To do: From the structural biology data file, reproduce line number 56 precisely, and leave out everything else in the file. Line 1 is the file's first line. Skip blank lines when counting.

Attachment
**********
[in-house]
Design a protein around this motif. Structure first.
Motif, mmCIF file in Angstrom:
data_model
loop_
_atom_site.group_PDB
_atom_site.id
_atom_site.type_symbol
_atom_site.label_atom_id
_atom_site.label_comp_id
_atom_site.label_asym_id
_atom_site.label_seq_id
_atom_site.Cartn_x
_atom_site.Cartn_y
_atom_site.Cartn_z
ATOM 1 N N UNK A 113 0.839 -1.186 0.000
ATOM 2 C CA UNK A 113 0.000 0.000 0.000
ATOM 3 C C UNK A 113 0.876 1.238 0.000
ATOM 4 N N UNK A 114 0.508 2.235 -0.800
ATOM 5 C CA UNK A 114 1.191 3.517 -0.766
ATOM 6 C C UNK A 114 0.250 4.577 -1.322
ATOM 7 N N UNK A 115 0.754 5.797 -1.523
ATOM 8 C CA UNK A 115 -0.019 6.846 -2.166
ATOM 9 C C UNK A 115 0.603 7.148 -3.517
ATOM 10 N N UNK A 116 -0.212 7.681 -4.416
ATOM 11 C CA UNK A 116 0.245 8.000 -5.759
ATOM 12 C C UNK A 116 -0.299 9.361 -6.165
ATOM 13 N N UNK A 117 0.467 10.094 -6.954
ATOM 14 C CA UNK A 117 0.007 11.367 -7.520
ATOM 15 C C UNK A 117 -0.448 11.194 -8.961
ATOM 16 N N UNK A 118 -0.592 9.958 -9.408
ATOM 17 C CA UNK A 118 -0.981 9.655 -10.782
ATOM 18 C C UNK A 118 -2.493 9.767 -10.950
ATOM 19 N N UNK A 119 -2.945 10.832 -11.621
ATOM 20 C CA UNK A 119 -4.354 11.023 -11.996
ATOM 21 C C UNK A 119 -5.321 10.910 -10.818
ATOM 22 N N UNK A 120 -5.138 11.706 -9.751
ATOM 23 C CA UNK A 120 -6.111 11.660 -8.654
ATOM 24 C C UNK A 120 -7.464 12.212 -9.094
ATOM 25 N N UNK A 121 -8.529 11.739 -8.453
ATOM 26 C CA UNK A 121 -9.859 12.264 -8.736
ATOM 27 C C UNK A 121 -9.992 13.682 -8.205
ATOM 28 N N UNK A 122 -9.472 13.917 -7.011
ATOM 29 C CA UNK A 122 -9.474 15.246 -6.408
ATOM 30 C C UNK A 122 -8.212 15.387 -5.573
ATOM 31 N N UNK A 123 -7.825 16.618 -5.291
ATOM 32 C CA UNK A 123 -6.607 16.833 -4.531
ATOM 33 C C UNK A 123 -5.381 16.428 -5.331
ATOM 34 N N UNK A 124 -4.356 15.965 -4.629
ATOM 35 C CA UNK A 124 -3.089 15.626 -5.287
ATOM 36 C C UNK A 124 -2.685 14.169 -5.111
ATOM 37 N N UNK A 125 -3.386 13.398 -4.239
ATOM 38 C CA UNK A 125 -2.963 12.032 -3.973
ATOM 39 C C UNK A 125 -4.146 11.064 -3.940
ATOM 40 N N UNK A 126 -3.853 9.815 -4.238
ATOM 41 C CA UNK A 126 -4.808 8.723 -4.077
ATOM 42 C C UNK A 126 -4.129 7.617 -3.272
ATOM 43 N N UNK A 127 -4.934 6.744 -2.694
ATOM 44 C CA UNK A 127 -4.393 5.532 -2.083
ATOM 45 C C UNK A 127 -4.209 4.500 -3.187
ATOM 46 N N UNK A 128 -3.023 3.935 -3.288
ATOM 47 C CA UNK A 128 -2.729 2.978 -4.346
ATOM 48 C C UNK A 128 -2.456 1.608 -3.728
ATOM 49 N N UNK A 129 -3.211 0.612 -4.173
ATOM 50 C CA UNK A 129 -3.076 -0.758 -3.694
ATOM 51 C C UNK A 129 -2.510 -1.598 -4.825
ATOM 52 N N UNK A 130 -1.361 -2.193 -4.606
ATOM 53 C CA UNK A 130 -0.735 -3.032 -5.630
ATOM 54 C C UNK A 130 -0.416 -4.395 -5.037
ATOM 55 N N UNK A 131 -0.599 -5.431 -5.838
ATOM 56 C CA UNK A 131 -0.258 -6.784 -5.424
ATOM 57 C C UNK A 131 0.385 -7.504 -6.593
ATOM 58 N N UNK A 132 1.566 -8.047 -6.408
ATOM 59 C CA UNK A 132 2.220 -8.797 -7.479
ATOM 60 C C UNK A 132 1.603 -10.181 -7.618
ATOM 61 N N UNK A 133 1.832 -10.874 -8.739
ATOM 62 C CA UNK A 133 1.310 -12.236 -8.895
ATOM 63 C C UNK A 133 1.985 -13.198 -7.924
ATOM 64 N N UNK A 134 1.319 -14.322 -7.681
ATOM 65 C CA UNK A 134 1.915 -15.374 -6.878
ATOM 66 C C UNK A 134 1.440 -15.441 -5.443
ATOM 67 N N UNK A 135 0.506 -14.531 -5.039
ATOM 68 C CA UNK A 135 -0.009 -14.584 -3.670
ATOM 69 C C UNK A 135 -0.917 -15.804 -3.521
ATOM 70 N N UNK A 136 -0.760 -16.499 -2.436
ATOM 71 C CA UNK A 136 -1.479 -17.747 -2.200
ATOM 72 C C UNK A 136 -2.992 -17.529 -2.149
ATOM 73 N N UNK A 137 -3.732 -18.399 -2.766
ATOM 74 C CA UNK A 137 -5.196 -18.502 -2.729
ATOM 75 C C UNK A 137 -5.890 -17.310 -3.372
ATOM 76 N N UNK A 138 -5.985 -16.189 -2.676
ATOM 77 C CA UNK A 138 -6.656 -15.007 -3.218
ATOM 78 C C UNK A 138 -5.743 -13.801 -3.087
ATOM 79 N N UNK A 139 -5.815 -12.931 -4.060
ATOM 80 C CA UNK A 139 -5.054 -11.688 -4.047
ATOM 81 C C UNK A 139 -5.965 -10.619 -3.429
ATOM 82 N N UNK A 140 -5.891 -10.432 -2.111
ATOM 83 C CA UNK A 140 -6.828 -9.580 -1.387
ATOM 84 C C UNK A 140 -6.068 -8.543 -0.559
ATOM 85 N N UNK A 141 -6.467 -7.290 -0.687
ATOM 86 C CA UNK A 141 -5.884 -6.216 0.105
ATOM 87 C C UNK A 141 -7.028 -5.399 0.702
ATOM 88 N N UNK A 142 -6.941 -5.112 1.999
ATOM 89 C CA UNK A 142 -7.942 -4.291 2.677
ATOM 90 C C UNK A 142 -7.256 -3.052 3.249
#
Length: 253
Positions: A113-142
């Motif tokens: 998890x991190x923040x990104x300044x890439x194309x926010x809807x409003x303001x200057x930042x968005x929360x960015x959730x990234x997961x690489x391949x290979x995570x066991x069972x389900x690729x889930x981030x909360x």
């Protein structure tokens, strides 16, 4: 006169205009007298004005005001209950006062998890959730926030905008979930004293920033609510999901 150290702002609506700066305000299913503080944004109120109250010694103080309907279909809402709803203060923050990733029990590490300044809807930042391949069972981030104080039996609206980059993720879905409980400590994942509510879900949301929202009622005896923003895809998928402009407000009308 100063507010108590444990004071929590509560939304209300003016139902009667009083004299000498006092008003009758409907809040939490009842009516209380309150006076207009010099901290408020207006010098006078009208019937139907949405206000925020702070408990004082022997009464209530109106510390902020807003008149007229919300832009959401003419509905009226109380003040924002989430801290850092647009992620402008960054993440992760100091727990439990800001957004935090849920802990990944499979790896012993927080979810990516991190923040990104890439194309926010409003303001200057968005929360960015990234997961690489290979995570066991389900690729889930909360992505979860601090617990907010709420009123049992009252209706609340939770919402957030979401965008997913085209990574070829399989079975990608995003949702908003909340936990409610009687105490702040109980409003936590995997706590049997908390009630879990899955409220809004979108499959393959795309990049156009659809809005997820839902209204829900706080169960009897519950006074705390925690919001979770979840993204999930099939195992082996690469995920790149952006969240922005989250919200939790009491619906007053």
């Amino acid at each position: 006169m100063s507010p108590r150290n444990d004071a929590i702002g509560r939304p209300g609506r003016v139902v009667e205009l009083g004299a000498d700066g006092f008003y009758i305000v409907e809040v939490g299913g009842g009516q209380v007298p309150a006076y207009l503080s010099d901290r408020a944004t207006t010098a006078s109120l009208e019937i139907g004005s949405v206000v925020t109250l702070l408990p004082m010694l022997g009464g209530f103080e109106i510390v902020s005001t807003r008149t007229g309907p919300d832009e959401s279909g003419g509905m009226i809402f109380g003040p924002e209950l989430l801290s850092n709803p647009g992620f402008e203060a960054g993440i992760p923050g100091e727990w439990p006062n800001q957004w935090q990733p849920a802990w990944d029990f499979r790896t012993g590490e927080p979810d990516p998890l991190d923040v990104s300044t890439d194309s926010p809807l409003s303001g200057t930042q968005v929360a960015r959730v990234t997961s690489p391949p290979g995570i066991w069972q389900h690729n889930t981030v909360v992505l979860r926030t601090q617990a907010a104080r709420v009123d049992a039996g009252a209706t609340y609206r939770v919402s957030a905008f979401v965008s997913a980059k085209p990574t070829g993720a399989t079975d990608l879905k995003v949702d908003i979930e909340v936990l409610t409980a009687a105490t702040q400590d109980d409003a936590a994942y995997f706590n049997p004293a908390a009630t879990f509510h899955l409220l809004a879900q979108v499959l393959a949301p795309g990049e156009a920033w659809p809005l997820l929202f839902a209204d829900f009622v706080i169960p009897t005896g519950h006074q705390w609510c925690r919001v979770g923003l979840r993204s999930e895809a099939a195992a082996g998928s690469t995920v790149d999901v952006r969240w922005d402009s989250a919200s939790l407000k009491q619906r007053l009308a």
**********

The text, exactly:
ATOM 41 C CA UNK A 126 -4.808 8.723 -4.077